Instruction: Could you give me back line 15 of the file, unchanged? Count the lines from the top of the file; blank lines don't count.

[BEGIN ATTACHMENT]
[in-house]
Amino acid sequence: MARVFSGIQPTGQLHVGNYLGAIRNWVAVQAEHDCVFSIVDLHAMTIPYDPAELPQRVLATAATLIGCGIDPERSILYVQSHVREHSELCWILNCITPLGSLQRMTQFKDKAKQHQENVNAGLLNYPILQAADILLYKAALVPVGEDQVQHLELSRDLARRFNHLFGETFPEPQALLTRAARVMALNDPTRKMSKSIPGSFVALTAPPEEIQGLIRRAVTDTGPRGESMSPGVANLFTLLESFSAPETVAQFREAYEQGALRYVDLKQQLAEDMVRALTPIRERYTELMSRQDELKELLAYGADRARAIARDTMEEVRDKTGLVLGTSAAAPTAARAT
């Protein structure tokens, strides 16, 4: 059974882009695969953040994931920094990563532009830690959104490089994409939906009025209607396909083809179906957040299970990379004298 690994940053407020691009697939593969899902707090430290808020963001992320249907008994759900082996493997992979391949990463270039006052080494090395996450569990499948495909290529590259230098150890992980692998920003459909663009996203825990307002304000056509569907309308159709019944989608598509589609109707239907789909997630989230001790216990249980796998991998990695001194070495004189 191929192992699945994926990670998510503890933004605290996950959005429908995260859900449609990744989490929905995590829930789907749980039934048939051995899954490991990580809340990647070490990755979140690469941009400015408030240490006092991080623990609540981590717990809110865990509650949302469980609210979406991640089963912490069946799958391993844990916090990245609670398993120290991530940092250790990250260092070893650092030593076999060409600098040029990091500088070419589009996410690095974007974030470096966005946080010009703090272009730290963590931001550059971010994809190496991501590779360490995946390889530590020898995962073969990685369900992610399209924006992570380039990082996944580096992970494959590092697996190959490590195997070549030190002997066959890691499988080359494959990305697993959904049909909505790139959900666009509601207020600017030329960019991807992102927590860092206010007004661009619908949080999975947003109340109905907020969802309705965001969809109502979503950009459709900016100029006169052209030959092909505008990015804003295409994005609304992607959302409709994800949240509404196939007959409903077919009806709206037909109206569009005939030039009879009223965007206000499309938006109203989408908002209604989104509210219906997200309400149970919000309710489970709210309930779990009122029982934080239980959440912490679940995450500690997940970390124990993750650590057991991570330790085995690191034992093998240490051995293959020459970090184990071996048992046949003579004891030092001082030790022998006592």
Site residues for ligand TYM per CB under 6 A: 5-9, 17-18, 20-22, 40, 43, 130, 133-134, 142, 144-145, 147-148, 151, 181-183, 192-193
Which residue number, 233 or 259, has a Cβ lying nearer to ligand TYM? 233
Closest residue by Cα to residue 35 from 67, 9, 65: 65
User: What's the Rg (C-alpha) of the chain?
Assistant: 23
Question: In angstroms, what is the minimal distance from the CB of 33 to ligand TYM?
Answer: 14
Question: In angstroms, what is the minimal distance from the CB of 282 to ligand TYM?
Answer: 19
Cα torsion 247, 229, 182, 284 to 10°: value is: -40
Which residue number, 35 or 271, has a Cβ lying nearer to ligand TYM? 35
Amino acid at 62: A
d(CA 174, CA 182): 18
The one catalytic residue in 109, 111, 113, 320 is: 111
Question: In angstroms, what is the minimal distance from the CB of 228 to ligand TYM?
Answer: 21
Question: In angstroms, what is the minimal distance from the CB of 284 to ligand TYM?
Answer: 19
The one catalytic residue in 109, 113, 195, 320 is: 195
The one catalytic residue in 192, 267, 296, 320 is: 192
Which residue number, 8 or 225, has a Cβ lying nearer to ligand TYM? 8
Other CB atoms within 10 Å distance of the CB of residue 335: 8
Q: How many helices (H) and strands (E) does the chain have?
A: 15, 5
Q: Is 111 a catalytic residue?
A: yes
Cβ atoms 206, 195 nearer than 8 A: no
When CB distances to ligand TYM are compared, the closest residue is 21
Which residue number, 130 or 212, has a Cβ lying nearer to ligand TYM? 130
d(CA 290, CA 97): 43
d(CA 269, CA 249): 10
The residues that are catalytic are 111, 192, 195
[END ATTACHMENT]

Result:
Amino acid at 62: A